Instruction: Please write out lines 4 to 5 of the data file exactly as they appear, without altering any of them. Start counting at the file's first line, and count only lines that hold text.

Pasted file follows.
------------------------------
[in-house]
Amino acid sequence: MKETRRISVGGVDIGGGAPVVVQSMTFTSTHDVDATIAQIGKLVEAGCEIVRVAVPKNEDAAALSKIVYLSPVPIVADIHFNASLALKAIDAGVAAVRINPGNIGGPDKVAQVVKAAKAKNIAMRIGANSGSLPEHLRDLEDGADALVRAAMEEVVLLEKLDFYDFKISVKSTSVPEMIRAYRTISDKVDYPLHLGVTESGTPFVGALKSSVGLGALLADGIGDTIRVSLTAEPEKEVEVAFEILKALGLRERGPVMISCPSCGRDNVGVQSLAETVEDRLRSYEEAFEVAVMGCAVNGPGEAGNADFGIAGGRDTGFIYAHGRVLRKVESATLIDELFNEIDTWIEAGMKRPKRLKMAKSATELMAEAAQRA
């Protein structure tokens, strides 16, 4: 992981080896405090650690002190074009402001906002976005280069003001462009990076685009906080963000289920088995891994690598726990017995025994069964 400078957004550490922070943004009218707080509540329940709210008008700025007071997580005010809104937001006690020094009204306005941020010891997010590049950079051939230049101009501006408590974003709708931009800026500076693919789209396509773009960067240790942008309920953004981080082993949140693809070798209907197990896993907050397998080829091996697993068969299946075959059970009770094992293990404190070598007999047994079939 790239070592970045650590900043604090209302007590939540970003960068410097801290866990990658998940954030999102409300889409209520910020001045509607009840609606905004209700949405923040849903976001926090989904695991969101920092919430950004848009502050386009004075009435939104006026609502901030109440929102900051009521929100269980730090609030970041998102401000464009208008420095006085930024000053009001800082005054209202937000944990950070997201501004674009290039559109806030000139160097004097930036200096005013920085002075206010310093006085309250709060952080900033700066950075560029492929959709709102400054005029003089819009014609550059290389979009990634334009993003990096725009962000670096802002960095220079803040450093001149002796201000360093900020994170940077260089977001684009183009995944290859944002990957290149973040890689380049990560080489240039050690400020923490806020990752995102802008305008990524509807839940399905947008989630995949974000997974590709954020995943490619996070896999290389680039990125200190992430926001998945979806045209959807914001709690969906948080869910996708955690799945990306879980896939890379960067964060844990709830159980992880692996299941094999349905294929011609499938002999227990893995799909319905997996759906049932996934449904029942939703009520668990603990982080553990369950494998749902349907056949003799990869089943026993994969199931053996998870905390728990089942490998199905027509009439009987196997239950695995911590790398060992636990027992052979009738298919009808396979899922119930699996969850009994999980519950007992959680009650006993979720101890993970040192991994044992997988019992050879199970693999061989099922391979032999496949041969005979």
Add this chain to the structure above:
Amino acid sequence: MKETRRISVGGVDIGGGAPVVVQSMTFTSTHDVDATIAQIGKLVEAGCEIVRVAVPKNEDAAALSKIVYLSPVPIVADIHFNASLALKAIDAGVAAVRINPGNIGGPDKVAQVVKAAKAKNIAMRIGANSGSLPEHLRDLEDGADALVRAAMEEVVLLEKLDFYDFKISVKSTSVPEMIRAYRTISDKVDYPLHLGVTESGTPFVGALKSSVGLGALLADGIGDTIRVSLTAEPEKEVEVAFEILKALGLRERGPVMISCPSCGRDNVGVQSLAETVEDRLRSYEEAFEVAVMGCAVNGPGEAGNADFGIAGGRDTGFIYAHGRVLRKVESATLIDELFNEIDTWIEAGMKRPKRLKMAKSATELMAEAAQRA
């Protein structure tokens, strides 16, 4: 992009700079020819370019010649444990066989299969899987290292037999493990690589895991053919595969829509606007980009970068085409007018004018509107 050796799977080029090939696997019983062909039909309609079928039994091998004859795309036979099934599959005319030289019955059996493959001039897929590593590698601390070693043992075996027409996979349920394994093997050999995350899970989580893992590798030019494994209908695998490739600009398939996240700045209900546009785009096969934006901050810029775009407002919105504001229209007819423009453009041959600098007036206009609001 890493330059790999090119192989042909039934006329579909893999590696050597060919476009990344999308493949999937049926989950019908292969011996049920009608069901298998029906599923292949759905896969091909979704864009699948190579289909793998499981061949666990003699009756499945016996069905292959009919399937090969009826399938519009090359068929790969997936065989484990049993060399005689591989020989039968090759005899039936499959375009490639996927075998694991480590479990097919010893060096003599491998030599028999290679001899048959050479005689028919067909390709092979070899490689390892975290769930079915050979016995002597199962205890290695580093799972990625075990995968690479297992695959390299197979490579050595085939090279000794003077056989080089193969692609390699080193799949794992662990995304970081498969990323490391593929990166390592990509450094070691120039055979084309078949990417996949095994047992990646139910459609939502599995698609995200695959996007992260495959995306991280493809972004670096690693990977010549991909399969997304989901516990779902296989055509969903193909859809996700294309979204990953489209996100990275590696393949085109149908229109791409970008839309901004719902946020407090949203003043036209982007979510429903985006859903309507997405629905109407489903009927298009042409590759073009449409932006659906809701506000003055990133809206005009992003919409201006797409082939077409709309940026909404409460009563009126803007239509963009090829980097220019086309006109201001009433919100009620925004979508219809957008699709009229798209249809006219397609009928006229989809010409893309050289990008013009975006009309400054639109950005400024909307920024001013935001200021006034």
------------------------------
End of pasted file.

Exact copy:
Add this chain to the structure above:
Amino acid sequence: MKETRRISVGGVDIGGGAPVVVQSMTFTSTHDVDATIAQIGKLVEAGCEIVRVAVPKNEDAAALSKIVYLSPVPIVADIHFNASLALKAIDAGVAAVRINPGNIGGPDKVAQVVKAAKAKNIAMRIGANSGSLPEHLRDLEDGADALVRAAMEEVVLLEKLDFYDFKISVKSTSVPEMIRAYRTISDKVDYPLHLGVTESGTPFVGALKSSVGLGALLADGIGDTIRVSLTAEPEKEVEVAFEILKALGLRERGPVMISCPSCGRDNVGVQSLAETVEDRLRSYEEAFEVAVMGCAVNGPGEAGNADFGIAGGRDTGFIYAHGRVLRKVESATLIDELFNEIDTWIEAGMKRPKRLKMAKSATELMAEAAQRA